Do you work more with clients who use U.S or U.K. English? Which one is primarily used in your workplace? U.S. and U.K. English differ in a number of respects. You need to be aware that when writing, these differences determine your style in the eyes of readers. The following is a guide to help you identify some of the most common U.S./U.K. variations.
That and Which
A restrictive clause is a set of words you cannot remove without changing the meaning of a sentence. For example, in “John expressed a view that Monica thought was unacceptable,” the restrictive clause is “that Monica thought was unacceptable.” In U.K. English, you may employ “that” or “which” to introduce such a clause. In U.S. English, you may use only “that.” Further, a non-restrictive clause is a set of words that introduces information into a sentence. A comma precedes this clause and follows it. For example, in “The region, which is uninhabitable, is mainly desert,” the non-restrictive clause is “which is uninhabitable.” Here, both U.S. and U.K. English use “which” and not “that.”
Quotation marks are either single or double. U.S. English uses double quotation marks at the beginning and end of a quotation. It then uses single quotation marks for a quotation that appears within a quotation. For example: “What you refer to as ‘a modern plague’ has struck again.” U.K. English reverses this approach: ‘What you refer to as a “modern plague” has struck again.’ There are two points worth noting about quotation marks, though. First, U.K. newspapers often follow U.S. usage. Second, those who write for the internet tend to follow U.K. practice because single quotation marks are clearer on a screen.
U.S. English presents dates in month, day, year order with a comma after the day. For example: January 5, 1892. U.K. English arranges dates in day, month, year order without any comma. For example: 5 January 1892.
Punctuation in U.S. and U.K. English differs in numerous ways. The following is a summary.
- In U.S. English, the word that follows a colon has an initial capital letter when the colon introduces a sentence that is grammatically complete. U.K. English only capitalizes the initial letter of a word that follows a colon if the word is a name.
- For business correspondence, U.S. English places a colon after the greeting. Thus: “Dear Sir:” U.K. English uses a comma rather than colon.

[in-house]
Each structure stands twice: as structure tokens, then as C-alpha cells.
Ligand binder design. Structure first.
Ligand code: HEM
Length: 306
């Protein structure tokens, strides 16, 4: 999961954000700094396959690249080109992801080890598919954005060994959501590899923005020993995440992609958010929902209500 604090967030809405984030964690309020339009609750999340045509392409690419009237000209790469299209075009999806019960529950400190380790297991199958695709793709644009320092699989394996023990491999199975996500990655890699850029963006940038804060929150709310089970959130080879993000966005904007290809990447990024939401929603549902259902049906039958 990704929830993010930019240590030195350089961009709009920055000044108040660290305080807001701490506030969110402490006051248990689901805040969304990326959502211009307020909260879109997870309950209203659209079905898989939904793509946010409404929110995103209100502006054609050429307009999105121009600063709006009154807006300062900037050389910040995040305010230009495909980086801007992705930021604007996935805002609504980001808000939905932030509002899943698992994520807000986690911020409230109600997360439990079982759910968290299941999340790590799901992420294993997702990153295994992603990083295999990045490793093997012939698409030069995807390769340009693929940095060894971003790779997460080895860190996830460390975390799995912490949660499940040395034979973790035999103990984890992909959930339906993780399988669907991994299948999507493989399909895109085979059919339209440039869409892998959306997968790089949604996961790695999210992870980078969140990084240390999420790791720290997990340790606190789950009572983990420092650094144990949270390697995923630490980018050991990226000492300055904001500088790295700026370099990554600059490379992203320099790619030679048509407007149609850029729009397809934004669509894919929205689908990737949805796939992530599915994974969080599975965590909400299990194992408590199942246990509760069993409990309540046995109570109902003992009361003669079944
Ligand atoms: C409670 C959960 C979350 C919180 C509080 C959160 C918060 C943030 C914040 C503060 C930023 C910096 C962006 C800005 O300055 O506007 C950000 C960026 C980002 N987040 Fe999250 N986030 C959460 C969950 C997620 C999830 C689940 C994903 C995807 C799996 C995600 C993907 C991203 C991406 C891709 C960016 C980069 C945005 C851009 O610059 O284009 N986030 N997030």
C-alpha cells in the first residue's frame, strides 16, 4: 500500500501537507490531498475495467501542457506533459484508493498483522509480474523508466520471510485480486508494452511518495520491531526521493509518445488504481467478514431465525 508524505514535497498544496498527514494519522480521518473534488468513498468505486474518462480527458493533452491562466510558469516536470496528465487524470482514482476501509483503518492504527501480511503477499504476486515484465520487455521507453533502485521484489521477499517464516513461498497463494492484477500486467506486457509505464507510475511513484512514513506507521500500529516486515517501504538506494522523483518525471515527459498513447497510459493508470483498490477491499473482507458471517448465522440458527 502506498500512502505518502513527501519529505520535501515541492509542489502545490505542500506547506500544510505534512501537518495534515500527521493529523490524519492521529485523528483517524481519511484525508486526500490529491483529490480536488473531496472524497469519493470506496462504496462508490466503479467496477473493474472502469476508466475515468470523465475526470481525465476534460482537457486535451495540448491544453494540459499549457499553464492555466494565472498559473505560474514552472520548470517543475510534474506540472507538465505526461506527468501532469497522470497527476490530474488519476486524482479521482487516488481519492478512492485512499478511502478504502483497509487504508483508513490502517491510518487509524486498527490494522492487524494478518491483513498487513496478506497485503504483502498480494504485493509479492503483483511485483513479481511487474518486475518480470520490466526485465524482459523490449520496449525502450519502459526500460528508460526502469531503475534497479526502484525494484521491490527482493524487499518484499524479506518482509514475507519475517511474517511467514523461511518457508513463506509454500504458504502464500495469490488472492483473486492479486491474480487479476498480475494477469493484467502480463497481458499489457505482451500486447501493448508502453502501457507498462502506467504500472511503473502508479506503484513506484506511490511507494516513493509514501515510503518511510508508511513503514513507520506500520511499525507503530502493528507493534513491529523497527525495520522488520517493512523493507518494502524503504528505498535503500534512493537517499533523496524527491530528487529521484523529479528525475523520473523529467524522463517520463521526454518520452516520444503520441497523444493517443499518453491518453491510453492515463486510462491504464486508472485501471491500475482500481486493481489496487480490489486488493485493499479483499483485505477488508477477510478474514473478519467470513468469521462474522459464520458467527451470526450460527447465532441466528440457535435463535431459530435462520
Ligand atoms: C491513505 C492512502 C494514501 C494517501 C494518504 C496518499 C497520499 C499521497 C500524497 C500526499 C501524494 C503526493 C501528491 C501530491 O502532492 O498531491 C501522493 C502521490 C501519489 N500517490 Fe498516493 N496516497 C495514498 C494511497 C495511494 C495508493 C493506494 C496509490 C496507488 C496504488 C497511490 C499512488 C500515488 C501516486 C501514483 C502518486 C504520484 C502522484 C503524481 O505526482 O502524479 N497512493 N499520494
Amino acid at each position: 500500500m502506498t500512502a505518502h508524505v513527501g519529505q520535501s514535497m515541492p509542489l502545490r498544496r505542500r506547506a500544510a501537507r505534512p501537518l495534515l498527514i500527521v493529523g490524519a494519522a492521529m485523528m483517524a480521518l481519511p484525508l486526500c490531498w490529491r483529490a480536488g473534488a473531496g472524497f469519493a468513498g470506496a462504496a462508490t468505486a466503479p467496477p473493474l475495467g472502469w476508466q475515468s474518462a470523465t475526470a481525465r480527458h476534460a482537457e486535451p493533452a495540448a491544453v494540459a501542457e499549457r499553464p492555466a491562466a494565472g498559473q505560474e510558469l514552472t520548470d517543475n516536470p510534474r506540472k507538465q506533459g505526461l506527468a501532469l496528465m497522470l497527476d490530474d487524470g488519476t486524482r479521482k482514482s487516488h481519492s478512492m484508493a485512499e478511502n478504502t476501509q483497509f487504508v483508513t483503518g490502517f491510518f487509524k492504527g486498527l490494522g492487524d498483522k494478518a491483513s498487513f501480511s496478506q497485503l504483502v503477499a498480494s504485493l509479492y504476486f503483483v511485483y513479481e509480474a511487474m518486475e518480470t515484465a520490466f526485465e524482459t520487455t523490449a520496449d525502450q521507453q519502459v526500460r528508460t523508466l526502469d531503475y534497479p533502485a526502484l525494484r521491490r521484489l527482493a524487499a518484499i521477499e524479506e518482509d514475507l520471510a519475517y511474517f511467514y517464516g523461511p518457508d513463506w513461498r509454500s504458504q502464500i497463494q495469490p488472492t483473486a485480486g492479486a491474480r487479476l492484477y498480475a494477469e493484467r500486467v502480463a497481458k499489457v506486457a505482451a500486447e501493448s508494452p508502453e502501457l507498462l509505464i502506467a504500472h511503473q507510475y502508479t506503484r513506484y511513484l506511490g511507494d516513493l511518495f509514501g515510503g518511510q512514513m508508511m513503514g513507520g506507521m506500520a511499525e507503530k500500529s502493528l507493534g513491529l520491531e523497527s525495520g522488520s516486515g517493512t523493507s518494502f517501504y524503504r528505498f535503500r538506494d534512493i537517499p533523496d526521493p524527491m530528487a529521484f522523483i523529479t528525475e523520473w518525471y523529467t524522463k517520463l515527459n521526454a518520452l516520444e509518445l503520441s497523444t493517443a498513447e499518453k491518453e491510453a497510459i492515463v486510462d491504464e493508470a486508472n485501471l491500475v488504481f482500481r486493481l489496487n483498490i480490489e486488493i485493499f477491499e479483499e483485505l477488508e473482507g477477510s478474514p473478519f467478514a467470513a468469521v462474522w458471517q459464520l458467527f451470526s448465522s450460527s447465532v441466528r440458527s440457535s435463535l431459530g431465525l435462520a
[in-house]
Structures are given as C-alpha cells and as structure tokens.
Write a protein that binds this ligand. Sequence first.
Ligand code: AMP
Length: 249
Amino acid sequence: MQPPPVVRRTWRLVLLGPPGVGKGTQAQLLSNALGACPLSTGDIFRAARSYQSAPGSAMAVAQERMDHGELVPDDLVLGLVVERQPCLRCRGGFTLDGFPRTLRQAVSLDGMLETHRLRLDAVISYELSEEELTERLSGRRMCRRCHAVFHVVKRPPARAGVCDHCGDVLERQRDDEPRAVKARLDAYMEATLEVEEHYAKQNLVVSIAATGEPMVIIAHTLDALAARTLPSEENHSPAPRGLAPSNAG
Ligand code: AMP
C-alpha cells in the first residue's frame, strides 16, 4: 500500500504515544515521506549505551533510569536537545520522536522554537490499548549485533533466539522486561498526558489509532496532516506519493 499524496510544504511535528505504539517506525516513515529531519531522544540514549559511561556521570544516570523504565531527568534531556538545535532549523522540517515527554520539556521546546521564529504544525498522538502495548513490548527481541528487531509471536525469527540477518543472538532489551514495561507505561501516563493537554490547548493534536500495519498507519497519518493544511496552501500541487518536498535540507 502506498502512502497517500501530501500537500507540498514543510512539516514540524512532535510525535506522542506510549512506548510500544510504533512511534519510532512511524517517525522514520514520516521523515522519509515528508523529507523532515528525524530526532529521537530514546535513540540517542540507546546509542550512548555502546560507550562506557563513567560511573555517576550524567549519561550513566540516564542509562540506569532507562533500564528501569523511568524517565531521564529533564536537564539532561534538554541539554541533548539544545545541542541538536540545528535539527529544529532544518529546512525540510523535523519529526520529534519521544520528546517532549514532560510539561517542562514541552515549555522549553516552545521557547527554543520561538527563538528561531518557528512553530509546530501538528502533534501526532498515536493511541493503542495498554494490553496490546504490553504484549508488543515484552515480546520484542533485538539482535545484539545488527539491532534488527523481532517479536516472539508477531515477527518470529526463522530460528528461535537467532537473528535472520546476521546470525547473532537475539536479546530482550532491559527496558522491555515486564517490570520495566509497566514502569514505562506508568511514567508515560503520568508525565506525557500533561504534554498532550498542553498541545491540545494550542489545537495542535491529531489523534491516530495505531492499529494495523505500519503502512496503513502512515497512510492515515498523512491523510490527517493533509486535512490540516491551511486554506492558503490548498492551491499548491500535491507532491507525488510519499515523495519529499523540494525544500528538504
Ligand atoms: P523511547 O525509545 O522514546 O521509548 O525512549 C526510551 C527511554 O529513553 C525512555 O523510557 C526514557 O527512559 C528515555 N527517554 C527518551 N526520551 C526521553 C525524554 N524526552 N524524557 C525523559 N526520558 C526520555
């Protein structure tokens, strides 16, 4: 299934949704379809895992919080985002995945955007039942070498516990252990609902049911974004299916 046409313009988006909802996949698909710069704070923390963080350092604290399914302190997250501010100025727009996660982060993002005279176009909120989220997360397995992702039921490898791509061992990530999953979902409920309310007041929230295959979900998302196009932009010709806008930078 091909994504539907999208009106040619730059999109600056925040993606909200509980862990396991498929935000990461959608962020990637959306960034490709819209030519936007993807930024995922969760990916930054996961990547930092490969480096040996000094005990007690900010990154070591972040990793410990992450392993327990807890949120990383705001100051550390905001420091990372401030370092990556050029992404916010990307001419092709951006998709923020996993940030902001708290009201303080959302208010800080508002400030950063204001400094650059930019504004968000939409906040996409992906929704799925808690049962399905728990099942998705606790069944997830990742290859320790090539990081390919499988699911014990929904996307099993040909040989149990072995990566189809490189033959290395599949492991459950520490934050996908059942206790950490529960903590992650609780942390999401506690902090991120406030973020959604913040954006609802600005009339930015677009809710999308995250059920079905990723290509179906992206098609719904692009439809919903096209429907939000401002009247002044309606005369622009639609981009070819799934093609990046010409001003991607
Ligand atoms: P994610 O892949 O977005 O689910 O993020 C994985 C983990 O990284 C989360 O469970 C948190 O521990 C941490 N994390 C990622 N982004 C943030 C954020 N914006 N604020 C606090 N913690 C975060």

- A “period” in U.S. English is a “full stop” or “full point” in U.K. English.
- An “exclamation point” in U.S. English is an “exclamation mark” in U.K. English.
- In U.S. English, a period follows contractions of words such as “Dr.” U.K. English, however, omits the period.
- U.S. English places a comma after “e.g.” and “i.e.” For example, “He ate numerous vegetables, e.g., spinach, peas, and carrots.” In U.K. English, a comma does not follow “e.g.” and “i.e.”
U.S. English prefers to combine a prefix, such as “non,” with the word that follows. For example, “nonnegotiable,” “reentry,” and “preeminent.” U.K. English uses a hyphen between the prefix and the following word. Thus: “non-negotiable,” “re-entry,” and “pre-eminent.” But even in U.S. English, a hyphen is sometimes necessary to ensure that the sense of a word is clear. For example, “anti-intellectual.” If in doubt, consult a dictionary.
Spelling in U.S. and U.K. English can vary in ways that sometimes involve merely a change or omission of just one letter. For instance, U.S. English often employs “o” as opposed to “ou,” “e” as opposed to “oe” or “ae,” “og” as opposed to “ogue,” and “or” as opposed to “our.” In the following examples, the U.S. English version of each word is the first:
- “moldy” and “mouldy”
- “ameba” and “amoeba”
- “toxemia” and “toxaemia”
- “catalog” and “catalogue”
- “neighbor” and “neighbour”
Other variations are the U.S. English preference for “z” as opposed to “s,” “k” as opposed to “c,” “f” as opposed to “ph,” “er” as opposed to “re,” and “ense” as opposed to “ence.” Examples are as follows, with the U.S. English version of each word given first:
- “paralyzed” and “paralysed”
- “skeptical” and “sceptical”
- “sulfur” and “sulphur”
- “theaters” and “theatres”
- “offense” and “offence”
U.S. English also uses a double rather than single “l” in words such as “enrollment.”
U.S. and U.K. English are similar languages, but with their own characteristics. The overall sense in both is generally the same; however, the differences matter in business, academia, and other formal environments. Use the foregoing guide to avoid confusion and error.